by Ralph Benko
H.L. Mencken, in 1918, observed that “the whole aim of practical politics is to keep the populace alarmed (and hence clamorous to be led to safety) by an endless series of hobgoblins, most of them imaginary.”
Much of politics is made up of what is called, in popular slang, “scarelore.” Among those currently being circulated by the Svengalis who guide (and exploit) politicians appear:
Climate Change; the “Sixth Extinction”; GMO foods; an asteroid impact; an (overdue) super volcanic eruption of Yellowstone National Park; Cold War II; a Weimar-style dollar apocalypse; and imminent threat of American bankruptcy.
(This columnist considers the possibility of massive solar flare that could wipe out our electrical grid and seriously damage us possibly well grounded, and, if so, strikingly inexpensive to ameliorate and thus worthy of further investigation. Even Mencken considered most, not all, hobgoblins imaginary.)
As for imaginary goblins amplified by a circulation-desperate infotainment industry? Not too long ago we were threatened with the Y2K bug. It supposedly would, or at least could, shut down all the world’s computers and servers and, with them, everything else. (Just in case you didn’t get the word … it’s safe to come out of your bunker now.)
A few years later several concerned citizens thoughtfully, albeit unsuccessfully, brought well publicized lawsuits to avert the starting of the Large Hadron Collider. They were consumed with, reported by MSNBC: “fears that the experiment might create globe-gobbling black holes or never-before-seen strains of matter that would destroy the planet.”
And here we still are.
On a slightly less apocalyptic note, many leading progressive thinkers predicted social apocalypse when President Clinton signed the welfare reform legislation pushed on him by a Republican Congress. Discover The Networks documents the stance of the formidable Marion Wright Edelman:
During the months prior to the August 1996 passage of the Personal Responsibility and Work Opportunity Reconciliation Act (PRWORA)—a measure designed to move large numbers of people off the welfare rolls and into jobs—Edelman persistently warned that the bill, if enacted, would “codify a policy of national child abandonment” by “push[ing] millions of already poor children and families deeper into poverty.” She declared, further, that PRWORA represented the “biggest betrayal of children” she had ever witnessed. In an effort to spark public opposition to the bill, Edelman organized a June 1, 1996 “Stand for Children” March on Washington, which drew 300,000 people.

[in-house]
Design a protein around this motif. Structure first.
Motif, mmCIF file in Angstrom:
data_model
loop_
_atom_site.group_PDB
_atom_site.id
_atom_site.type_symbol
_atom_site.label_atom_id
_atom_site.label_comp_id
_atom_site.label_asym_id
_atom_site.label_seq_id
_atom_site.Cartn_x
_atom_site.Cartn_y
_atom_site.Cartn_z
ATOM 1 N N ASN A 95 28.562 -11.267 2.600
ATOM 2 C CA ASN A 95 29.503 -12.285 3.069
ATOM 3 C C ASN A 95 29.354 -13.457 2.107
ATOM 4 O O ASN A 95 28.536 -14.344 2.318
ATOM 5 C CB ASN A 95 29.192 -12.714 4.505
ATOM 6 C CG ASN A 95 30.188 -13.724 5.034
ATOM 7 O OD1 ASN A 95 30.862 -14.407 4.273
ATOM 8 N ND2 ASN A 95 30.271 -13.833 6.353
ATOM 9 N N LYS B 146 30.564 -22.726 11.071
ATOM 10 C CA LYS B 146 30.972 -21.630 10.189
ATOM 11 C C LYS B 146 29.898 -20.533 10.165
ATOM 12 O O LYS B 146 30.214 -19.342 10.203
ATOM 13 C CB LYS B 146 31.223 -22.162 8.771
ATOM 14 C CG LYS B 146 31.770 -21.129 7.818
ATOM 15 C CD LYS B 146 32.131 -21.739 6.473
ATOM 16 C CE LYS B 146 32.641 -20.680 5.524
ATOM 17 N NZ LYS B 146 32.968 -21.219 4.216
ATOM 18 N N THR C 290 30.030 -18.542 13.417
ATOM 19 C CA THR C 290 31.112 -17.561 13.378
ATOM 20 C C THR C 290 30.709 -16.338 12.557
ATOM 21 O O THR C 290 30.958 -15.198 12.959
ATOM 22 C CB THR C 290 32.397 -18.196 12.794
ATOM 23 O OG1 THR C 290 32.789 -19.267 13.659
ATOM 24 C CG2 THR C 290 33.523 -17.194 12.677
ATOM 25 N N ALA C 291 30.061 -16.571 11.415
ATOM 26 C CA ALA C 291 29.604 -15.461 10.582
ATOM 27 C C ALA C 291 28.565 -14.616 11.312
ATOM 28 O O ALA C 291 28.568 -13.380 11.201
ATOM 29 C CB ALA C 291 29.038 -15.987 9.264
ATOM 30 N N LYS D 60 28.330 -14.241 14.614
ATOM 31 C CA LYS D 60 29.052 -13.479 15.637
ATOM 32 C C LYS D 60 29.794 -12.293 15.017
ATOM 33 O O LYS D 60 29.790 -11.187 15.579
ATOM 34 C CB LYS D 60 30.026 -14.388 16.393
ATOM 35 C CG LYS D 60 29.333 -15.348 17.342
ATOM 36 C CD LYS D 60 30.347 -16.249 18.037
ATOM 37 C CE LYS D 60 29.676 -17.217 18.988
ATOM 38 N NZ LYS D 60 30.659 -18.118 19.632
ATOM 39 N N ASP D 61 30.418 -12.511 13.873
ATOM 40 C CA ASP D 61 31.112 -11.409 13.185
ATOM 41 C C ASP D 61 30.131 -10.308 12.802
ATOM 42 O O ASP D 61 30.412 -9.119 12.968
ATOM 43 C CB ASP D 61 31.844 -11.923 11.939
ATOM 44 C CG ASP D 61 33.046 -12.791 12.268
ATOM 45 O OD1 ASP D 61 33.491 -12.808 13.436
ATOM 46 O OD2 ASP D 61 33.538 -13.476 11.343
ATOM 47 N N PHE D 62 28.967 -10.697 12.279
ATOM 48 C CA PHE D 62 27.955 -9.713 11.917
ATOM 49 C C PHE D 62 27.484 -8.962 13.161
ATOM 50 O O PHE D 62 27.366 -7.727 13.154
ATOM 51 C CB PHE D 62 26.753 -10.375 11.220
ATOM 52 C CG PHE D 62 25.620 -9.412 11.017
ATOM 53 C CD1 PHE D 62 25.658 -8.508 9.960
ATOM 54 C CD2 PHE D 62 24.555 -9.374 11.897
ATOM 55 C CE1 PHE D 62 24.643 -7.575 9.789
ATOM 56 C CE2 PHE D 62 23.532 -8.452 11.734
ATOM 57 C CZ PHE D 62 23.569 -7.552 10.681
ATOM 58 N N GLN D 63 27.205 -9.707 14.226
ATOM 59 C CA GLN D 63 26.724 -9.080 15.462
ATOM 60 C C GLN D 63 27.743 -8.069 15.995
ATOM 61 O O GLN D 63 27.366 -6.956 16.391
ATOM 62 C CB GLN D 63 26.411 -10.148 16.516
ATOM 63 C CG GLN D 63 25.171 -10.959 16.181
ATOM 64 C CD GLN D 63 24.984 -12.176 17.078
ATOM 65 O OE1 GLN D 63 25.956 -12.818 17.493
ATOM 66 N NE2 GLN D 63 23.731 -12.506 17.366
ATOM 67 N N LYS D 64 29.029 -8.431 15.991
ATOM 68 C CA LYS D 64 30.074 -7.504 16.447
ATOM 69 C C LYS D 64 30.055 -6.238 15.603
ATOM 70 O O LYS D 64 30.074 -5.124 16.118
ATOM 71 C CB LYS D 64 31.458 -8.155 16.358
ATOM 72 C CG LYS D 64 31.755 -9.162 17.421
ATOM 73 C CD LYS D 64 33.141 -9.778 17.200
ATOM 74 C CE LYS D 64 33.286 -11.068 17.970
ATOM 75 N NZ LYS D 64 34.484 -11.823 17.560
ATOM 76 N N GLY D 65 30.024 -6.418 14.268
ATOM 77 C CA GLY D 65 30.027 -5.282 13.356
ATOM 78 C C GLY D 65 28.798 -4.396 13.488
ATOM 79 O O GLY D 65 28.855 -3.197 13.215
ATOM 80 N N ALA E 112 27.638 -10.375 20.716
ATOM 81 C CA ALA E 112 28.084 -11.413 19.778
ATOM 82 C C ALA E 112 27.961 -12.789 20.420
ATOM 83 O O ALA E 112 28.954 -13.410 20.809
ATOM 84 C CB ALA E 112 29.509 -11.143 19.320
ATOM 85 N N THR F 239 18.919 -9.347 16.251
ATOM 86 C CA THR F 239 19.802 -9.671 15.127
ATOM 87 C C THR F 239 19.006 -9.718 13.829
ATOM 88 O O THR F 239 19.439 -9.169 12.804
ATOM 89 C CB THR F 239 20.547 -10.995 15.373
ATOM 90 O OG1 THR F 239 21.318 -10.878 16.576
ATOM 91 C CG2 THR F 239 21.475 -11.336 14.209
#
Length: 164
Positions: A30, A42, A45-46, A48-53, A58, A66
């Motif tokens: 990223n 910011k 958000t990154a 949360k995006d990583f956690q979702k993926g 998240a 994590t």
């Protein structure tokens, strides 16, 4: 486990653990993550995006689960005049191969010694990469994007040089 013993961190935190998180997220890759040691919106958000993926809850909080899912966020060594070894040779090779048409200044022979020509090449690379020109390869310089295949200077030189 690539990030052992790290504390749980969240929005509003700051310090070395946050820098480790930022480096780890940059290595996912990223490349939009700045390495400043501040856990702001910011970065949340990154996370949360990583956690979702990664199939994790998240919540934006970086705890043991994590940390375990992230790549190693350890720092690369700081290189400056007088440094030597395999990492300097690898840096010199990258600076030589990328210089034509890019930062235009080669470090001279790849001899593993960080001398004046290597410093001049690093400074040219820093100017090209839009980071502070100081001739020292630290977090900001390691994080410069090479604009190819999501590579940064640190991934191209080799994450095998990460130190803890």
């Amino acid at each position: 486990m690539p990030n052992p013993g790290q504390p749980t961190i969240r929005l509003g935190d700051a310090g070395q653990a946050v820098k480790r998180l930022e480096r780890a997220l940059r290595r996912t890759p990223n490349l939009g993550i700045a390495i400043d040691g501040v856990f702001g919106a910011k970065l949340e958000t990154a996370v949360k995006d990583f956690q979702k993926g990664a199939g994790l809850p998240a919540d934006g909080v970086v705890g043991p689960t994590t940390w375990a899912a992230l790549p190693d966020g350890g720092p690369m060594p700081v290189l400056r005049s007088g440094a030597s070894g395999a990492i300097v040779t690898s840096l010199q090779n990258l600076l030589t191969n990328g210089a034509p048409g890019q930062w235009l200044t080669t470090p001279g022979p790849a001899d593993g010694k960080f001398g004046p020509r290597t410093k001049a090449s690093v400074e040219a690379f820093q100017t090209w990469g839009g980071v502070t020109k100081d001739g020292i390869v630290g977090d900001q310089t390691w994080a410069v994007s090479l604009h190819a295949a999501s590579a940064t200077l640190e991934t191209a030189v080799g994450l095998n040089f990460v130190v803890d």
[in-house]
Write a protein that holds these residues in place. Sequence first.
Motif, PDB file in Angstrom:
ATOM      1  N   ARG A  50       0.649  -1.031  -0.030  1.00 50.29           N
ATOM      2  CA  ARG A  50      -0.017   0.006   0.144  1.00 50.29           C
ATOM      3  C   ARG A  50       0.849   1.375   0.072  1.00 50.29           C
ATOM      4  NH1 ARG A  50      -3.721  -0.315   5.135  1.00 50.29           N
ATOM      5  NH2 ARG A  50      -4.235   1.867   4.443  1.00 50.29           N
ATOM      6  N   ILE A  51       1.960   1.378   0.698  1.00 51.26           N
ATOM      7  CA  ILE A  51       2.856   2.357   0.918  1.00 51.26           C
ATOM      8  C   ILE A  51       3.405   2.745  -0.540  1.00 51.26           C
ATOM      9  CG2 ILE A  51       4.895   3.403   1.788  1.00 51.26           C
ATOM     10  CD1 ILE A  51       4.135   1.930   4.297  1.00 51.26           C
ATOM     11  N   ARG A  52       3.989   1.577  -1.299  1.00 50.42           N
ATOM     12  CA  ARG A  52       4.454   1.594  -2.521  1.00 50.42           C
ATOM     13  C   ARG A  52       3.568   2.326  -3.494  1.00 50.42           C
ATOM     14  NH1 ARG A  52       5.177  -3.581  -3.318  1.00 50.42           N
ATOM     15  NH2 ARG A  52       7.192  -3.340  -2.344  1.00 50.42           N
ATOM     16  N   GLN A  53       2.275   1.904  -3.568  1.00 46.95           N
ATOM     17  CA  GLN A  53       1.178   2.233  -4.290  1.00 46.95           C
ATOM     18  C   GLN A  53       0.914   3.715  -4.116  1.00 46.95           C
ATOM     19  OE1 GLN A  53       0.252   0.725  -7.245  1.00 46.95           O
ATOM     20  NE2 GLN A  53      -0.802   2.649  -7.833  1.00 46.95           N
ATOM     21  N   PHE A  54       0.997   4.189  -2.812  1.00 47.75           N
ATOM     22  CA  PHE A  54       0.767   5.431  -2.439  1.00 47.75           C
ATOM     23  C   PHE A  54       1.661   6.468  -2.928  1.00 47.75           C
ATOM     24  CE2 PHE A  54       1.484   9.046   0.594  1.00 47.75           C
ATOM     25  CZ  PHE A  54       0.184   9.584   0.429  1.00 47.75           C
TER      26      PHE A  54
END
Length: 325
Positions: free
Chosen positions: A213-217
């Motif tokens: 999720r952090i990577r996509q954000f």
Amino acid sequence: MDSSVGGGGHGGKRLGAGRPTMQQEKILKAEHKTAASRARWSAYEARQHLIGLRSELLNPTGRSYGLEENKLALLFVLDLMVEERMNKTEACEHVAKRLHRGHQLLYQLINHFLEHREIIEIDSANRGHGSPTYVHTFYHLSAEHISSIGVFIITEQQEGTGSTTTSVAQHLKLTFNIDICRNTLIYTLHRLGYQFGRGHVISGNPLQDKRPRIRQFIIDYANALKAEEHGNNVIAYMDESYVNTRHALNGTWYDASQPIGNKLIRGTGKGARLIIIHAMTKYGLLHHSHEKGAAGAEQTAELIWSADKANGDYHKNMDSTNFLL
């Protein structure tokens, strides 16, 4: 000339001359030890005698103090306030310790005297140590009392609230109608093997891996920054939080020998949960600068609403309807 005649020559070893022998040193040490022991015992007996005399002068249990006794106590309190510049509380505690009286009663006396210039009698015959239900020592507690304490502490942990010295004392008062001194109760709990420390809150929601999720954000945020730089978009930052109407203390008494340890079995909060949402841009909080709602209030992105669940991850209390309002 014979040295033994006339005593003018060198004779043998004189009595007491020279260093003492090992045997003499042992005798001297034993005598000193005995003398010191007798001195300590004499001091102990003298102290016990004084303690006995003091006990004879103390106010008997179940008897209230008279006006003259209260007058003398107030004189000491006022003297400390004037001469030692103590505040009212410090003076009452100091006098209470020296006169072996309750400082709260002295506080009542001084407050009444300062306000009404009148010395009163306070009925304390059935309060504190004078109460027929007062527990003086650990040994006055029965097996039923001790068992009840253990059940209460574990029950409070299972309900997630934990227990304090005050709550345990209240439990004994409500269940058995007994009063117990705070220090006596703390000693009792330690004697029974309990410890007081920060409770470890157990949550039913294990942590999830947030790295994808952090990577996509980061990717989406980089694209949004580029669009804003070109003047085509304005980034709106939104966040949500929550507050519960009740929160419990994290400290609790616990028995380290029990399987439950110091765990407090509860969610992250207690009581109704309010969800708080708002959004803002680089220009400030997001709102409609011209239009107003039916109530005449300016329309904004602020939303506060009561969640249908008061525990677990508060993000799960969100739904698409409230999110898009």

When President Bill Clinton ultimately signed PRWORA into law, Edelman called it a “moment of shame.” But none of Edelman’s alarmist predictions about the consequences of welfare reform came to pass. For details of the legislation’s actual effects, click here.
The promiscuous use of political and social alarmism is by no means a new phenomenon. H.L. Mencken, the acerbic proto-libertarian “Sage of Baltimore,”summed it up to perfection almost a century ago in In Defense of Women
Civilization, in fact, grows more and more maudlin and hysterical; especially under democracy it tends to degenerate into a mere combat of crazes; the whole aim of practical politics is to keep the populace alarmed (and hence clamorous to be led to safety) by an endless series of hobgoblins, most of them imaginary. Wars are no longer waged by the will of superior men, capable of judging dispassionately and intelligently the causes behind them and the effects flowing out of them. They are now begun by first throwing a mob into a panic; they are ended only when it has spent its ferine fury.